Karl Rove is a tough interview. He knows his facts. His ability to recall details and statistics is way above average. His mask rarely slips, and he rarely goes off message.
Interviewing Rove about his new book on Thursday, it was a challenge to get him to say anything new or interesting, since he has been doing interviews about the book for several days. He didn’t really bite when I asked him about whether he thought of himself as powerful when he was in the White House, though his answer may be revealing in its own way.
But tucked in the middle of lengthy answers (transcript here), Rove did slide in some pretty bare-knuckled punches at President Obama, as well as at Sen. John McCain, the Arizona Republican whose strained relationship with Rove’s former boss, President George W. Bush, is no secret.
Rove also made some admissions about Bush’s fiscal conservatism, which is something many on the right feel Bush failed to live up to.
I asked Rove what he thought about Obamas’s remark earlier this week that Washington is “a harsh and unforgiving landscape.”
While Rove said he was “sympathetic” to the pressure and criticism that come with being president, he added that any president “better have a thick skin, because the town is tough.”
And Rove said that Obama has helped make Washington’s lack of bipartisanship worse, citing statements about himself by the president and his allies that Rove said were incorrect.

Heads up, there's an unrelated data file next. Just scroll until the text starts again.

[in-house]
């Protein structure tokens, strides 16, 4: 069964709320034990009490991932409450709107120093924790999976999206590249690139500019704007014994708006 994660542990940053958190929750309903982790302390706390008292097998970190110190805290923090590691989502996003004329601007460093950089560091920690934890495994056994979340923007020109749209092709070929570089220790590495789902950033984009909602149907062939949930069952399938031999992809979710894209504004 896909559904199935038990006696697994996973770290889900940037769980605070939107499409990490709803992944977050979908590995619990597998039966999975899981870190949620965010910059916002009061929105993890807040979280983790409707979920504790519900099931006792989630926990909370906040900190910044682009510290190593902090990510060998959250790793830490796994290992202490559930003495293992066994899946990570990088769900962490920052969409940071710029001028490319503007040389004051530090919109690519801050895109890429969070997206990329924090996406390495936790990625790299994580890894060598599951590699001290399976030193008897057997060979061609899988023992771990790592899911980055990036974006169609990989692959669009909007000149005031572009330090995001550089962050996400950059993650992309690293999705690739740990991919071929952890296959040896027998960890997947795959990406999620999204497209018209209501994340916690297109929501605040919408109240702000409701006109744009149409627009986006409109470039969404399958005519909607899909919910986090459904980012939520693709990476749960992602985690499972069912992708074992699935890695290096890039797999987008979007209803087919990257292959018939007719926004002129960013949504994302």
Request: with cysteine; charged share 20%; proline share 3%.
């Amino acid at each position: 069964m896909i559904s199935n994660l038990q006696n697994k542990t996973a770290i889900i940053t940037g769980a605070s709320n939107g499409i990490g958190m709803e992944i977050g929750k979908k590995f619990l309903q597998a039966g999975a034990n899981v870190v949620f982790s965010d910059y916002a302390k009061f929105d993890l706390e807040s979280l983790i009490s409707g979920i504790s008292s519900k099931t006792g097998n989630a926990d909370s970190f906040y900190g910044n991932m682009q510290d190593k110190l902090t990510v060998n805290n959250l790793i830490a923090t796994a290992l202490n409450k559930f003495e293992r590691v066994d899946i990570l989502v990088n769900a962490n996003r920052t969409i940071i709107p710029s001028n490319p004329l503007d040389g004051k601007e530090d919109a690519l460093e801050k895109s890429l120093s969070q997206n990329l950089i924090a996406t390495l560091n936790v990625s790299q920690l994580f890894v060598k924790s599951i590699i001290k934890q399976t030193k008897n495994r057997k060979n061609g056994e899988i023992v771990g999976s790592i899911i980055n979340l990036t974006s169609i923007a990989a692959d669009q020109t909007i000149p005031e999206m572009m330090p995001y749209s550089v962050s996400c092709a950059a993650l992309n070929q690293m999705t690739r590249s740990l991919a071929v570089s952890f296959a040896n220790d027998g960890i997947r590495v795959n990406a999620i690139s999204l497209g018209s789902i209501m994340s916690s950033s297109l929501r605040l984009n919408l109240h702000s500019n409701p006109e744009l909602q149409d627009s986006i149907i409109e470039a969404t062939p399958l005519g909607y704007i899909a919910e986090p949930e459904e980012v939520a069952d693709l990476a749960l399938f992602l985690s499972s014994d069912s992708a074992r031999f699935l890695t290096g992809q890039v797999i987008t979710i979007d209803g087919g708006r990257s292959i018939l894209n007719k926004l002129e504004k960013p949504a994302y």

“I appreciate President Obama being concerned about what he would see as a harsh environment. He ought to consider what he has done to add to it by so freely distorting what people believe and where they are,” Rove said.
As for McCain, Rove said his 2008 run for the presidency was a “lousy” campaign: “a very worthy man, but not a particularly effective campaign.”
While Rove defended Bush’s economic record vigorously, he did allow that the 2003 passage of Medicare Part D to cover prescription drugs was not paid for like it should likely have been.
“You could make the argument that Bush had an unfunded liability, the unfunded entitlement that he created in the form of the Medicare prescription drug benefits, and I think that’s a reasonable argument to make,” Rove said.
“We didn’t pay for [it],” he admitted, though he insisted that Bush should get credit for trying to reform Social Security.
Read the entire transcript of the interview here.